Open Access Academia

As anyone who has searched for information on the web and found themselves going first to a Wikipedia page will know, the web has is challenging the way that information is gathered and disseminated. This is starting to find its way into the academic world with an increased interest in open access publishing models.

Given that these models can run with very small costs, using electronic rather than paper based distribution, and still maintain quality standards through peer reviews etc. I can’t see how anyone, other than the publishing companies, would loose out from abandoning¬† “academic capitalism”.

There is some self interest here, having recently had to pay ¬£70 pounds for a philosophy of action book even after I used the brilliant meta-search engine bookfinder.com to find the cheapest option (it was Schmid’s Plural Action published by Springer). But it seem to me that academic researchers (who are funded to do their research) and Universities (who have to shell out so much of the Library budgets) would all benefit.

What can we do to advance the open access movement? Well I agree with Janneke Adema’s take on Ted Striphas recommendations:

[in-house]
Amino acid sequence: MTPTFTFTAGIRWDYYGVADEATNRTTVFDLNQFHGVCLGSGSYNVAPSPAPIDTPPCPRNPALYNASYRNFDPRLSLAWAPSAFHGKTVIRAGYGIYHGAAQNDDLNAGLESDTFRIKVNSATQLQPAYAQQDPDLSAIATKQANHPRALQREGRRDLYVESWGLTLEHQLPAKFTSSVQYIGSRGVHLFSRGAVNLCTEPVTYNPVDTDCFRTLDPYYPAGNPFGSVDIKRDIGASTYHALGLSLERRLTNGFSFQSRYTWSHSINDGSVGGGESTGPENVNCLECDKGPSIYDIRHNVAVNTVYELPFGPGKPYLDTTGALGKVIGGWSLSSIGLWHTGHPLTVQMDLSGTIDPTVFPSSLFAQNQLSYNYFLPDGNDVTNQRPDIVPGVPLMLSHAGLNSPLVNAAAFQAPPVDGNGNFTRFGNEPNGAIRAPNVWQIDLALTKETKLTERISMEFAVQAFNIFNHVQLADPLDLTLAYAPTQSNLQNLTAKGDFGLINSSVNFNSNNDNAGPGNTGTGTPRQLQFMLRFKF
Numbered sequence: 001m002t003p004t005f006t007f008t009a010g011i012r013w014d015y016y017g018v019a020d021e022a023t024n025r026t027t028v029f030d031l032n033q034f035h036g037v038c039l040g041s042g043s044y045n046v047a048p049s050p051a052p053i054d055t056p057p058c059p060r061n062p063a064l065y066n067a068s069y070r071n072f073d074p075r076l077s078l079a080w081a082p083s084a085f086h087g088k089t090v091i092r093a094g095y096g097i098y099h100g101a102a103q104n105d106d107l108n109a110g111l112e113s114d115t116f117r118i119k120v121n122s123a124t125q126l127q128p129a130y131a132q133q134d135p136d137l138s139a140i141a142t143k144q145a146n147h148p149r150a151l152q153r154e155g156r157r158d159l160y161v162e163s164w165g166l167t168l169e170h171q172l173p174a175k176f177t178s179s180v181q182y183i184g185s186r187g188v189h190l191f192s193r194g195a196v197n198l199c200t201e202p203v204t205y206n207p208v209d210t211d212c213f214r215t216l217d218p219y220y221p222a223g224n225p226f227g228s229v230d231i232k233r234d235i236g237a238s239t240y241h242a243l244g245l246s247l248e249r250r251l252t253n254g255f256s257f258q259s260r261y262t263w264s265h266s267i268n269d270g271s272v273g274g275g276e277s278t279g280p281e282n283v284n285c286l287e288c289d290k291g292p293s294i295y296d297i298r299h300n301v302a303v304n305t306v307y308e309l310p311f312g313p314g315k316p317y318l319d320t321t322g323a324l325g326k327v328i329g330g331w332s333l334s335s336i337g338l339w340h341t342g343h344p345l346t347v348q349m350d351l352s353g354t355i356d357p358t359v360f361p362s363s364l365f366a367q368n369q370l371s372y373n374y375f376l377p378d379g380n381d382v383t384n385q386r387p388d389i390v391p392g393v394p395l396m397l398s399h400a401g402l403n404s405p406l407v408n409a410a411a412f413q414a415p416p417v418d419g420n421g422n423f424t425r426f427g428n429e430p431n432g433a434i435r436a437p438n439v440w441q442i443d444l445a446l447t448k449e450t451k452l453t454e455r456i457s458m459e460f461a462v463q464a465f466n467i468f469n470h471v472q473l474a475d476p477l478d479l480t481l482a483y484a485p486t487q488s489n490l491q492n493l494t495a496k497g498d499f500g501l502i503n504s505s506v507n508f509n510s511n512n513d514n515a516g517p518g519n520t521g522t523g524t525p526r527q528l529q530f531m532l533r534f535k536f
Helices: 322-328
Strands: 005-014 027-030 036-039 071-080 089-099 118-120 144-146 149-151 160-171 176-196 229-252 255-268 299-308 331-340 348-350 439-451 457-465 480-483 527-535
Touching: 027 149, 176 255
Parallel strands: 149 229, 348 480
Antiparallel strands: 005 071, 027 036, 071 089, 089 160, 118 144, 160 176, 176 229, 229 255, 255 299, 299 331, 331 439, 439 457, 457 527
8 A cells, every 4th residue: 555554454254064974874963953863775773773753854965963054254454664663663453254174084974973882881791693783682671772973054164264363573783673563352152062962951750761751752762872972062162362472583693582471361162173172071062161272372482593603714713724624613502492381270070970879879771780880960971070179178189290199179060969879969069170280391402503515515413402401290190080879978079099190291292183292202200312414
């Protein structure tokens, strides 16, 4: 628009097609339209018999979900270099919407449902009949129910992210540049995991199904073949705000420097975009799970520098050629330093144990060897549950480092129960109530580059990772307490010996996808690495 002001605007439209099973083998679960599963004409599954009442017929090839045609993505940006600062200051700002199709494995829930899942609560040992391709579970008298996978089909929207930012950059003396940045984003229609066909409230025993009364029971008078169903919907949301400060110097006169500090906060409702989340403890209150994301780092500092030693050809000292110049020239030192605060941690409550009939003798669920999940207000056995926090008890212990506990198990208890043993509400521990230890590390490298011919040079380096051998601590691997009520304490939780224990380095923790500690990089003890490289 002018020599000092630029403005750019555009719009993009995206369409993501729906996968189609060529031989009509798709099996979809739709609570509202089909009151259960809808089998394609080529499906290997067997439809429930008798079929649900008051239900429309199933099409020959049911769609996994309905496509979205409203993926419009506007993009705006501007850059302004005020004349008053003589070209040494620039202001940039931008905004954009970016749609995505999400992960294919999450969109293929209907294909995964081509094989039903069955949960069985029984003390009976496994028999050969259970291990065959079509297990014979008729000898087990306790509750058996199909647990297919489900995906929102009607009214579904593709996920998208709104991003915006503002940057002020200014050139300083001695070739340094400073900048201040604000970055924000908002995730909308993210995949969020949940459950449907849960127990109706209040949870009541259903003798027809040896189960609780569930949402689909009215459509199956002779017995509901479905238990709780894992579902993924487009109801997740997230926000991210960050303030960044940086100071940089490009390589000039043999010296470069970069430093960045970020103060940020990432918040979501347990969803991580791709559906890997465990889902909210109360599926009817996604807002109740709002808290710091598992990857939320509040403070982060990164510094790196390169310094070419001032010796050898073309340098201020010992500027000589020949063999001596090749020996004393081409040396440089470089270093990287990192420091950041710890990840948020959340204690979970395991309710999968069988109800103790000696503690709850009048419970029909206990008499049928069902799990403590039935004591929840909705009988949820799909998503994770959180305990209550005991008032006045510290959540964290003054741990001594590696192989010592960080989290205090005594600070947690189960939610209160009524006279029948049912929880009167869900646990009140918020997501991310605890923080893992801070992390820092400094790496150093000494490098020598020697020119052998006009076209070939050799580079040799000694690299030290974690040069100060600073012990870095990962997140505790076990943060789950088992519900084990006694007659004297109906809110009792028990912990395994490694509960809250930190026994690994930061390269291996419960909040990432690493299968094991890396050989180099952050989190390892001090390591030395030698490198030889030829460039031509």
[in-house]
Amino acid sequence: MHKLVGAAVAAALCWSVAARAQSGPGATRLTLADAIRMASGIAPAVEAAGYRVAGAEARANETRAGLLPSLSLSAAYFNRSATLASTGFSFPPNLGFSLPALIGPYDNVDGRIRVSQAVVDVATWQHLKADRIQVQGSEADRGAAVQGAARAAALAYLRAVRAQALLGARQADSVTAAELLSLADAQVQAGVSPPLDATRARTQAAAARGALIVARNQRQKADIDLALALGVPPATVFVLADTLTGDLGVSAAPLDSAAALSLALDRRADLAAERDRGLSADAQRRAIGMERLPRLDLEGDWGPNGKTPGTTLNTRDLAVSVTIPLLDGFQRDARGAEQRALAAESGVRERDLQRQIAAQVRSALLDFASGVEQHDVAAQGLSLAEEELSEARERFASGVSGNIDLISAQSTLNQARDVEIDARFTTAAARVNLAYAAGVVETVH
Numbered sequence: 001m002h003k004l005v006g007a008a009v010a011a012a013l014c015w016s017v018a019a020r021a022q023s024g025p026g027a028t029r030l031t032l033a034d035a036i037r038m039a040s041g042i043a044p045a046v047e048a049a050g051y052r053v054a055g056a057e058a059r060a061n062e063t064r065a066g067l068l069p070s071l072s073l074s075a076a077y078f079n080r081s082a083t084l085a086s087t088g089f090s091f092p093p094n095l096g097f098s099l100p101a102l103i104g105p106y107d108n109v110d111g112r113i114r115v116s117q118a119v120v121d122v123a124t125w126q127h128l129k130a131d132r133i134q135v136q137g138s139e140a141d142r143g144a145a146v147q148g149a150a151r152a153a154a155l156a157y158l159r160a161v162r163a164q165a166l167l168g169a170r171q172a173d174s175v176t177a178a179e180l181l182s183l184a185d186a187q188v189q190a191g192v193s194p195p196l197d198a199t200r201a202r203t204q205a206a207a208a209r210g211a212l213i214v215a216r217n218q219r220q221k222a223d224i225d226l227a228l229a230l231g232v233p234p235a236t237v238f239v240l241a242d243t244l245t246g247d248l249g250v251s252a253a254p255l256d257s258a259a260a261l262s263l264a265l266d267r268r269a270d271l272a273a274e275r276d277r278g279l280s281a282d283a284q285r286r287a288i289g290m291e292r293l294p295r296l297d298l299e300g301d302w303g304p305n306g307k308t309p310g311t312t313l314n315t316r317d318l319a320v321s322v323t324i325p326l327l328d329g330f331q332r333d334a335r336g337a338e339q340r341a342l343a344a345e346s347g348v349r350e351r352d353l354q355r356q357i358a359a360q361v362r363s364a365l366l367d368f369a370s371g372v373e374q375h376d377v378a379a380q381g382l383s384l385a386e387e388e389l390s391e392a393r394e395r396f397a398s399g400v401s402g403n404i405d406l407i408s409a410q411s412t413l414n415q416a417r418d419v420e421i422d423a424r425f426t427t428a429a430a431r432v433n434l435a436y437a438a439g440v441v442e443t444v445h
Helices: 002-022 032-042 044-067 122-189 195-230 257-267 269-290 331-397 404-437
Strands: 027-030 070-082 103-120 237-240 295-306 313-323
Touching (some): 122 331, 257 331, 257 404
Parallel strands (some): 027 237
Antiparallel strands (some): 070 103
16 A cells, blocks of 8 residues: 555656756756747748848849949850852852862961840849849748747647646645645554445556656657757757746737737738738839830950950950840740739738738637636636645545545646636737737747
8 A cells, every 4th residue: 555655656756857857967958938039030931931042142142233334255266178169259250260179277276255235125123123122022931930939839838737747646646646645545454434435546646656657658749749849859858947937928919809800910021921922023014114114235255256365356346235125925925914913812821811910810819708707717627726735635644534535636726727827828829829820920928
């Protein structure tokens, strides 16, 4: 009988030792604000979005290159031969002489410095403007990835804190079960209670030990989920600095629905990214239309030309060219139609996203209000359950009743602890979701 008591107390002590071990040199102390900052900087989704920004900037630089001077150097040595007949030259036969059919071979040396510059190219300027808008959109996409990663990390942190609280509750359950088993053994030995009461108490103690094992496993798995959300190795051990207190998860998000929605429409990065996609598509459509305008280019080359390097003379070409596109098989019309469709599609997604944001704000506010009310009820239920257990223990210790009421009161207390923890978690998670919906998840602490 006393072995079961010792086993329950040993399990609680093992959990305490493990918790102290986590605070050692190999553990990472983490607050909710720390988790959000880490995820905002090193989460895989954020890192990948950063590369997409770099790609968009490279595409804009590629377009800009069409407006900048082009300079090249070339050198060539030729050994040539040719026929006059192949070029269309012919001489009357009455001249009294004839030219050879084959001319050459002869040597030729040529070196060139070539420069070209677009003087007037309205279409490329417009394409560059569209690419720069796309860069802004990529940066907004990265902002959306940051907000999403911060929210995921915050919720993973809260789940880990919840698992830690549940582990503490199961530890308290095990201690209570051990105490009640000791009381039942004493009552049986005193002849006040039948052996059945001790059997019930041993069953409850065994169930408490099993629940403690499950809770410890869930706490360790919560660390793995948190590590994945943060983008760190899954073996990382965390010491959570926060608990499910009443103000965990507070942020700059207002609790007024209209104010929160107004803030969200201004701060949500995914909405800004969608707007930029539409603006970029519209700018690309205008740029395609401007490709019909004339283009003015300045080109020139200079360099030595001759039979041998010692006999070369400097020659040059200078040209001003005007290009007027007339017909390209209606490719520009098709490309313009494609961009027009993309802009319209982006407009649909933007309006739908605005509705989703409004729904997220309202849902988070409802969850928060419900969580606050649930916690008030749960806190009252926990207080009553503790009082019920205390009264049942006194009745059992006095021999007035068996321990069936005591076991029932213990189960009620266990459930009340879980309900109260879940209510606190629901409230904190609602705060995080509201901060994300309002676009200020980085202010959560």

“urging people to no longer play the passive card but to actively try, collectively, to change the current system. One of the things he stresses is to change our research practices, to experiment with new, more open forms of communication: we need to experiment with form, content and process and we should try to leave aside our paper-centric notions. And this change starts at the individual level.” More Cultural Studies = Less Uptake

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About Joseph Kisolo

Philosopher teaching Ethics & Epistemology @ NottsUni and interested in in Social Ontology. Outside academia interested in climbing, design, geekery and radical social justice.
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